The topological mapping over the parameter domain can be performed in the simplest way by an orthogonal projection. This way we obtain a domain in the parameter plane . Consider a topological mapping of this domain to another domain in this plane. The relation between the surface and cannot be simply described by a projection any more of course, however this can also yield a regular representation of the surface.

Regular surfaces form such a small subset of surfaces that well-known surfaces such as sphere or torus are not in this subset, because cannot be mapped onto a simply connected open subset of the plane. These surfaces however, can be constructed by a union of a finite number of regular surfaces, e.g. the sphere can be a union of two, sufficiently large hemisphere with the two poles as centers, overshooting the equator a bit. Analogous solution can be found for other, non-regular surfaces as well. Thus we can define the notion of surface as union of finite number of regular surfaces and for any point of the surface has a sufficiently small neighborhood, which is a regular surface piece on the surface. A surface is connected if any two points of the surface can be connected by a regular curve on the surface.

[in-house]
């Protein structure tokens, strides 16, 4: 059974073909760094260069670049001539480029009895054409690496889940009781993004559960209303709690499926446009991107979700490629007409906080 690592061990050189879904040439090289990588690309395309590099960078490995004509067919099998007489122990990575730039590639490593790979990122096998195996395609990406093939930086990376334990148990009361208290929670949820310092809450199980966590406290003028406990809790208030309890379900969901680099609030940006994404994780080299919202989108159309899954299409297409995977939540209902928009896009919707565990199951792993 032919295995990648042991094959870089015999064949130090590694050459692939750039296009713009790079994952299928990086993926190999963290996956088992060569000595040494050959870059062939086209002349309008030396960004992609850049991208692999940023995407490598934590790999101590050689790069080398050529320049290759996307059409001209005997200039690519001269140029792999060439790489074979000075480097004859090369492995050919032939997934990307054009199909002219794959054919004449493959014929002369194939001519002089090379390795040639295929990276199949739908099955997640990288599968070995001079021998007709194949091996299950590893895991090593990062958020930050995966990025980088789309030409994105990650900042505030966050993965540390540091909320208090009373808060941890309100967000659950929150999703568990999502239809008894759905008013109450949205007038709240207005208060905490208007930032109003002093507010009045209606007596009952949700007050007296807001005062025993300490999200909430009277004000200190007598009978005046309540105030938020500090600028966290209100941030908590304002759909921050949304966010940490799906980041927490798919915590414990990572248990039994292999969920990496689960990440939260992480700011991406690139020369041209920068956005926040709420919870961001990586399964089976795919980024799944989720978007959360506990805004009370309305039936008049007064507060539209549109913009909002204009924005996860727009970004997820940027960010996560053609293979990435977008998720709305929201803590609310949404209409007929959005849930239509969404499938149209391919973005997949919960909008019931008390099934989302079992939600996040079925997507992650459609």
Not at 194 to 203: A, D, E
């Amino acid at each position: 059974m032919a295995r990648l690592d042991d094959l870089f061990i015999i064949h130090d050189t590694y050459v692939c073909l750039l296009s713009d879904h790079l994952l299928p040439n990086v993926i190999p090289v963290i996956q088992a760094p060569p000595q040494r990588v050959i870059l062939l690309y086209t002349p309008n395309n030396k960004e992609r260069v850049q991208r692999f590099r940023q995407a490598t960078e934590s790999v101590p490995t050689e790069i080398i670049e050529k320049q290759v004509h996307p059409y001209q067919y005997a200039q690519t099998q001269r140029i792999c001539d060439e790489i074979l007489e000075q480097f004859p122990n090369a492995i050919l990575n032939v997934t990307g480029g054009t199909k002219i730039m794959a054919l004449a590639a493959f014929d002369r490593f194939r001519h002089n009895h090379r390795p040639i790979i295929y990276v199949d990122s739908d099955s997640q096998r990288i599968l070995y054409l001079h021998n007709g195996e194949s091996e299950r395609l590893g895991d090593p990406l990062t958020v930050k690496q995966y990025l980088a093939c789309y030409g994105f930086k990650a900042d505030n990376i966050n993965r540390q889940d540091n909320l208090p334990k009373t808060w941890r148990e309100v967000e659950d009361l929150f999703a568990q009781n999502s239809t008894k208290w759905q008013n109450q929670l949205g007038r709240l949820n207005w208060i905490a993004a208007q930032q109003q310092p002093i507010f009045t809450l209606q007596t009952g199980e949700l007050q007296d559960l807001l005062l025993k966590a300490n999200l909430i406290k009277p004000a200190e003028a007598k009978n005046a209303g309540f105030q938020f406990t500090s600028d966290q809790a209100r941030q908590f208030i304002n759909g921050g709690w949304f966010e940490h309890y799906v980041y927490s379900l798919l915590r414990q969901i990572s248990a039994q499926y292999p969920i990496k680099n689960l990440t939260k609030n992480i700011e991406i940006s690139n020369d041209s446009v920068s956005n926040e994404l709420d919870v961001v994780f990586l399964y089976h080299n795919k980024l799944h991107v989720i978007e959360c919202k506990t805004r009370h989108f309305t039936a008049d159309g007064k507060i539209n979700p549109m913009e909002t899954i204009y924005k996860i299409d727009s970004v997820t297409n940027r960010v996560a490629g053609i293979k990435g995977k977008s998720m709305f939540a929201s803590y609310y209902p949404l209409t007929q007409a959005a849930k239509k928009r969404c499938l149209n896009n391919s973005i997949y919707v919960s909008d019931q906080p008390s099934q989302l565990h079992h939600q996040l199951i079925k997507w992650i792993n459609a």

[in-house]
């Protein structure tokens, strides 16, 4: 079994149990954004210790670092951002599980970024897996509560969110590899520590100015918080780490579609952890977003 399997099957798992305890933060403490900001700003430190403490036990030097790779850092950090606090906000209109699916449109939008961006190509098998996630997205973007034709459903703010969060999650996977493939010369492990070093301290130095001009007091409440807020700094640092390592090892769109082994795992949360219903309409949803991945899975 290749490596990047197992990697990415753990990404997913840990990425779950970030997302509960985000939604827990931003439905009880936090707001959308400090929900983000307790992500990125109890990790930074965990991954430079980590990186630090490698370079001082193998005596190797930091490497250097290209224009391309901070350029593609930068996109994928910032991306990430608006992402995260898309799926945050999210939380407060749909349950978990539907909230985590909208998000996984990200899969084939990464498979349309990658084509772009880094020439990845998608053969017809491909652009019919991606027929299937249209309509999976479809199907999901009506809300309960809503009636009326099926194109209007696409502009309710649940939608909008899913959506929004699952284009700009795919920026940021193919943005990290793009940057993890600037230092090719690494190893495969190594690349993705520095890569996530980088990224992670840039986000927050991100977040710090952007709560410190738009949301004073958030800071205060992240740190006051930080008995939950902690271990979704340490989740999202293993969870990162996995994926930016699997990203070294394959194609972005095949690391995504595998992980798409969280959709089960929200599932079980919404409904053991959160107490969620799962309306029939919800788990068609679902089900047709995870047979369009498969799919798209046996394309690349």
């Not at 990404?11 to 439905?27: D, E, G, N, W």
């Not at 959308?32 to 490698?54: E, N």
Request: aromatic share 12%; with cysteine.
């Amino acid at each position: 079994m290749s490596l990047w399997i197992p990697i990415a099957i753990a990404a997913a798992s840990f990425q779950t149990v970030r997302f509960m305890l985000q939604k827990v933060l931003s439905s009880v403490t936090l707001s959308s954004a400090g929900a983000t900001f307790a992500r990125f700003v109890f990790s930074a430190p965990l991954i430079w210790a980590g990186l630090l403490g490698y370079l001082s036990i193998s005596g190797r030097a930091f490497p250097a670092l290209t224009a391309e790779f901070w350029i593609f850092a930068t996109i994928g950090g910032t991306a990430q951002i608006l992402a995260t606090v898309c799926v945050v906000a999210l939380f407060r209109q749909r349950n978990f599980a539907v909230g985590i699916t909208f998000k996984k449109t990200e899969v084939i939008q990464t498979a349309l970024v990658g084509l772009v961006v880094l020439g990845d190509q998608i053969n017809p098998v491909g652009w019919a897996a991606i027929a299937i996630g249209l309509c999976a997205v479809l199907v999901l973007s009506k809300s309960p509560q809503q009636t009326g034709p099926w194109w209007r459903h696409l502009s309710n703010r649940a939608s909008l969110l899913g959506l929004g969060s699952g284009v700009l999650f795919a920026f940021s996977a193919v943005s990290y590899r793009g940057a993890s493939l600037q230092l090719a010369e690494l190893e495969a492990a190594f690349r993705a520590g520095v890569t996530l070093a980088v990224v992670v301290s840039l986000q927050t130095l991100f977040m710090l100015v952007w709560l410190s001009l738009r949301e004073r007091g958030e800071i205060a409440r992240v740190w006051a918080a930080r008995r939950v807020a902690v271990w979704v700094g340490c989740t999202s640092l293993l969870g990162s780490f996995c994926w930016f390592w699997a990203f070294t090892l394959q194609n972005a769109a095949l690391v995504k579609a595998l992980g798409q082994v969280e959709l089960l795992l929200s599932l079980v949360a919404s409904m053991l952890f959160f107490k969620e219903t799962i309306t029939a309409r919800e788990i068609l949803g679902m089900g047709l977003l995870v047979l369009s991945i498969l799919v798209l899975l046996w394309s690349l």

Various algebraic representations of surfaces

  1. Explicit representation. Consider a Cartesian coordinate-system in and an explicit function with two variables: . Those points the coordinates of which are form a surface. This representation is also called Euler-Monge-type form.

  2. Implicit representation.Consider again a Cartesian coordinate-system in and an implicit function with three variables: . Those points the coordinates of which satisfy the equation for some constant, form a surface called slice surface. Typically, we are dealing with surfaces with equation .